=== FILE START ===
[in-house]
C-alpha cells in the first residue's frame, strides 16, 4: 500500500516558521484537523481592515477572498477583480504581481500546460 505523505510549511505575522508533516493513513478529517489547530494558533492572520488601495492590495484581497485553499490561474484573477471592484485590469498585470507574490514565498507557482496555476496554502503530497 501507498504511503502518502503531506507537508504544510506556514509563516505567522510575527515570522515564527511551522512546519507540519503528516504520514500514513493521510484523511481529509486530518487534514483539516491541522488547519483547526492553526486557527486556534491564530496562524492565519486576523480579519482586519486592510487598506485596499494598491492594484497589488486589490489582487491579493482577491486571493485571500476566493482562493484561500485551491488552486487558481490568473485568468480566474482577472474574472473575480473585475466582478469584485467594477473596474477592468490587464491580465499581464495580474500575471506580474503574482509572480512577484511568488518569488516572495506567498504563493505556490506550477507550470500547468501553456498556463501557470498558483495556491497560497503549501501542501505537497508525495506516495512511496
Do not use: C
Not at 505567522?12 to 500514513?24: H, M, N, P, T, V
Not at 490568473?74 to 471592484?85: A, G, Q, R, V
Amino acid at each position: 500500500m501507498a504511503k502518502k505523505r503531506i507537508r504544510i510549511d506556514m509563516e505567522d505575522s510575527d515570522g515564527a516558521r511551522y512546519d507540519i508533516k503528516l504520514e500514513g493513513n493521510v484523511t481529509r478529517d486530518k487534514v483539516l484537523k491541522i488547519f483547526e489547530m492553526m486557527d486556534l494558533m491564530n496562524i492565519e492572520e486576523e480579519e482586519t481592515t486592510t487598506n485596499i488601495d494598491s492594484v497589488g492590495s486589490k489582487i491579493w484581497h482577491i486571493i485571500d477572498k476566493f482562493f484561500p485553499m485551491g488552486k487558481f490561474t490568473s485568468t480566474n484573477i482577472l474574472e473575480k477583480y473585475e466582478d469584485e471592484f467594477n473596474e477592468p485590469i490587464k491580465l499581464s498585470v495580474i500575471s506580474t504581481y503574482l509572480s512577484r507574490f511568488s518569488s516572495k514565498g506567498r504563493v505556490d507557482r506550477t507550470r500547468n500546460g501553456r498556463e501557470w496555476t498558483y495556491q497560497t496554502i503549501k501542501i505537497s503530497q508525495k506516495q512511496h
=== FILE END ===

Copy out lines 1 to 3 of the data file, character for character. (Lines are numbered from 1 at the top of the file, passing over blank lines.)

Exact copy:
[in-house]
C-alpha cells in the first residue's frame, strides 16, 4: 500500500516558521484537523481592515477572498477583480504581481500546460 505523505510549511505575522508533516493513513478529517489547530494558533492572520488601495492590495484581497485553499490561474484573477471592484485590469498585470507574490514565498507557482496555476496554502503530497 501507498504511503502518502503531506507537508504544510506556514509563516505567522510575527515570522515564527511551522512546519507540519503528516504520514500514513493521510484523511481529509486530518487534514483539516491541522488547519483547526492553526486557527486556534491564530496562524492565519486576523480579519482586519486592510487598506485596499494598491492594484497589488486589490489582487491579493482577491486571493485571500476566493482562493484561500485551491488552486487558481490568473485568468480566474482577472474574472473575480473585475466582478469584485467594477473596474477592468490587464491580465499581464495580474500575471506580474503574482509572480512577484511568488518569488516572495506567498504563493505556490506550477507550470500547468501553456498556463501557470498558483495556491497560497503549501501542501505537497508525495506516495512511496
Do not use: C